Young female Hermann’s tortoise, Testudo hermanni, from northeastern Spain.

Land Tortoises in Spain:
Their Status and Conservation


C.R.T. l’Albera, 17780 Garriguella, Girona, Spain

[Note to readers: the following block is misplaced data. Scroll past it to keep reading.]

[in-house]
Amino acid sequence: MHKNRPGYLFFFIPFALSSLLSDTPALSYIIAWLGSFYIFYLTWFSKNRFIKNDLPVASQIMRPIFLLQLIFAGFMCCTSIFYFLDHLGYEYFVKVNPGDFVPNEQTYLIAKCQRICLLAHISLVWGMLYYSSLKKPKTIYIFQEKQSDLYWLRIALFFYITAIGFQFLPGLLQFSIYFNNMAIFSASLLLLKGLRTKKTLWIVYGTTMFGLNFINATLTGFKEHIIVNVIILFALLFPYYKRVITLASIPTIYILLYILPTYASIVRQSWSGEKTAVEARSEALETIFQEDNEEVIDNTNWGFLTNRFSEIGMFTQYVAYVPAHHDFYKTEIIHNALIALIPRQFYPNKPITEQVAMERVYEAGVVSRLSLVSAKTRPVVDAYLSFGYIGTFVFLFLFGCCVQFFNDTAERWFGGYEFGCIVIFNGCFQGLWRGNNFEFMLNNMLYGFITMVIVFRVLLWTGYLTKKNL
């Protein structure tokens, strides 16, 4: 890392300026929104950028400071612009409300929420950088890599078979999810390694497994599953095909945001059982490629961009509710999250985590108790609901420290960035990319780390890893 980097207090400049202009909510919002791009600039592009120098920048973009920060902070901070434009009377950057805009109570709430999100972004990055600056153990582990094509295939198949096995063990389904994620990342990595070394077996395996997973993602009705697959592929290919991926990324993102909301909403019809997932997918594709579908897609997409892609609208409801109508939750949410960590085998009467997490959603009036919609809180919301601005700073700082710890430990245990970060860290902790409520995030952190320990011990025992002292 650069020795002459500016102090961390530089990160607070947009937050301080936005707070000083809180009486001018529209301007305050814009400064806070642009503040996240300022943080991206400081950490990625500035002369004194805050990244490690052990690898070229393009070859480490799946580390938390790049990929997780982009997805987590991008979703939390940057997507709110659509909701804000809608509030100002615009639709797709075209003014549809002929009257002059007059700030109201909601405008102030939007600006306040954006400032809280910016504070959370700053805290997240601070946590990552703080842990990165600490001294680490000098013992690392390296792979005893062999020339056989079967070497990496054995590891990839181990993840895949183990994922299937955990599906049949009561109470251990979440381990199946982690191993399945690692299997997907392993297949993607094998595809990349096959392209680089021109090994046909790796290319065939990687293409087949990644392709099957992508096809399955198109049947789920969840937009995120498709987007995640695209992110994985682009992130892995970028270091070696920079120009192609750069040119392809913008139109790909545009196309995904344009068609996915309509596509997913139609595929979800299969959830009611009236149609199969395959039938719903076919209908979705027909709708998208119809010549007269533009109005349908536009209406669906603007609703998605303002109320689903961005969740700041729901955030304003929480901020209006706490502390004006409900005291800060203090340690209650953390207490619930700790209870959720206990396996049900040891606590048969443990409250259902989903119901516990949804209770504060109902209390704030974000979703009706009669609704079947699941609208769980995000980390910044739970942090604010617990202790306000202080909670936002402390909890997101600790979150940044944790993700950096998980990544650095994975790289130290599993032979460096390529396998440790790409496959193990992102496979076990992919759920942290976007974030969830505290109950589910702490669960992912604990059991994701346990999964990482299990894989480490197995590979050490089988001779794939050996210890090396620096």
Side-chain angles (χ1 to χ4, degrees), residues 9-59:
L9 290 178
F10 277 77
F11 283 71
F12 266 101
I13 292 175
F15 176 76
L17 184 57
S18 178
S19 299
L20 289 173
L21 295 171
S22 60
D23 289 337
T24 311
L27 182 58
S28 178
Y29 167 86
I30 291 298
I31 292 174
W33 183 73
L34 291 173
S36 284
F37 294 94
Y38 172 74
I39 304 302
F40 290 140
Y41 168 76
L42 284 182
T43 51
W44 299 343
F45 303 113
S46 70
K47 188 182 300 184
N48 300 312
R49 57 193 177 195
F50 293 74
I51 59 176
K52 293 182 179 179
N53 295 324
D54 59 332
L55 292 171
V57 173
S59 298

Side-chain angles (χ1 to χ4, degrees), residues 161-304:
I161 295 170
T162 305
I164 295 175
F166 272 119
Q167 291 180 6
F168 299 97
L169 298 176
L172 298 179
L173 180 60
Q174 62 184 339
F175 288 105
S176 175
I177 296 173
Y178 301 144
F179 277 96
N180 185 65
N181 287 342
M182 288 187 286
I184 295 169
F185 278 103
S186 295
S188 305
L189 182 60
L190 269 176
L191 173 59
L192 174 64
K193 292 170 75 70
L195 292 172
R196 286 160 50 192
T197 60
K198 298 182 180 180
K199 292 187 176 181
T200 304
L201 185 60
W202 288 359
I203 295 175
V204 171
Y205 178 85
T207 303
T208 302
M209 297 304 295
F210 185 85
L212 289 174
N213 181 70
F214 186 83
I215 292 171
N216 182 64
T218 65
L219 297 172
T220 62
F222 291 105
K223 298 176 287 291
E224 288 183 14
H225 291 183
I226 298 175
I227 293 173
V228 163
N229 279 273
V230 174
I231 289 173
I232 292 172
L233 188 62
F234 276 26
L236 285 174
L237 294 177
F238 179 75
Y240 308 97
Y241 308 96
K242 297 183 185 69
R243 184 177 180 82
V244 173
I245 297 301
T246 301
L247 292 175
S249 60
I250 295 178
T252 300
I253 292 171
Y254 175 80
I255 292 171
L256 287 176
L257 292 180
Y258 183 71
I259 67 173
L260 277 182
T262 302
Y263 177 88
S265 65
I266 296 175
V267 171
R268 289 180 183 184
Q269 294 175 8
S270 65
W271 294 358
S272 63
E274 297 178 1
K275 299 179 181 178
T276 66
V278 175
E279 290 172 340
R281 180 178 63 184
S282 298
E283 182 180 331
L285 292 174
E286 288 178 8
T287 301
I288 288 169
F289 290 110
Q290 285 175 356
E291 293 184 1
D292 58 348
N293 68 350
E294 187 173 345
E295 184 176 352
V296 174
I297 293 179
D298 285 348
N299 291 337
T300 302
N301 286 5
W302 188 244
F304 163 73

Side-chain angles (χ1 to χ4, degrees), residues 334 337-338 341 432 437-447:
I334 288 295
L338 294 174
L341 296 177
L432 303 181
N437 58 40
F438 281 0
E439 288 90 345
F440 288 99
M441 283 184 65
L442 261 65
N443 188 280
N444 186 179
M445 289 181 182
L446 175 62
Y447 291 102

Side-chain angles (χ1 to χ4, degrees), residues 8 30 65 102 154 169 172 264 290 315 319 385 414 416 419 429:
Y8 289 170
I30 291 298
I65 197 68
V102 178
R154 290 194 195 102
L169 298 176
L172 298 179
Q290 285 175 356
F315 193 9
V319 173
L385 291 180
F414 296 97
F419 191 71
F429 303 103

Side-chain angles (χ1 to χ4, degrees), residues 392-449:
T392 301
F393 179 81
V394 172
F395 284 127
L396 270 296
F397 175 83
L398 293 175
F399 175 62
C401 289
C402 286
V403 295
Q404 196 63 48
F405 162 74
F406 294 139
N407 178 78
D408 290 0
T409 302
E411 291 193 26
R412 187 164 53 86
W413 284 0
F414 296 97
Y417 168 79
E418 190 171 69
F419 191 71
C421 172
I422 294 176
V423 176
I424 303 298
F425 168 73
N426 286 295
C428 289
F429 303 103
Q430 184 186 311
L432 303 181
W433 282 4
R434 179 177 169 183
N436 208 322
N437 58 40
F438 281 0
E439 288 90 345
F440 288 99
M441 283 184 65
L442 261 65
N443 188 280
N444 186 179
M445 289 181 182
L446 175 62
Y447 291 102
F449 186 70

ABSTRACT:  Two species of tortoises occur in Spain, the spur-thighed tortoise (Testudo graeca) and Hermann’s tortoise (Testudo hermanni).  Although both species have received legal protection for over 20 years, their numbers continue to decline.  The primary population of T. graeca in southeastern Spain is threatened by illegal collection and habitat fragmentation.  A relatively stable population occurs in Doñana National Park and a reduced population is found in a small area in northwest Majorca.  The endangered western race of Hermann’s tortoise, Testudo hermanni hermanni, occurs in southeastern Majorca, some parts of Minorca, and in only one remaining locality on mainland Spain, in the northeastern corner of the country.  Populations that occurred along the Mediterranean coast until the turn of the century have been extirpated in the last 50 years.  The last indigenous population of Hermann’s tortoise in Spain is of ecological and biogeographical interest as it is the westernmost population of the species, isolated from other populations such as those in southern France.  Two Testudo h. hermanni reintroduction projects are being conducted within protected areas from which tortoises disappeared some decades ago.

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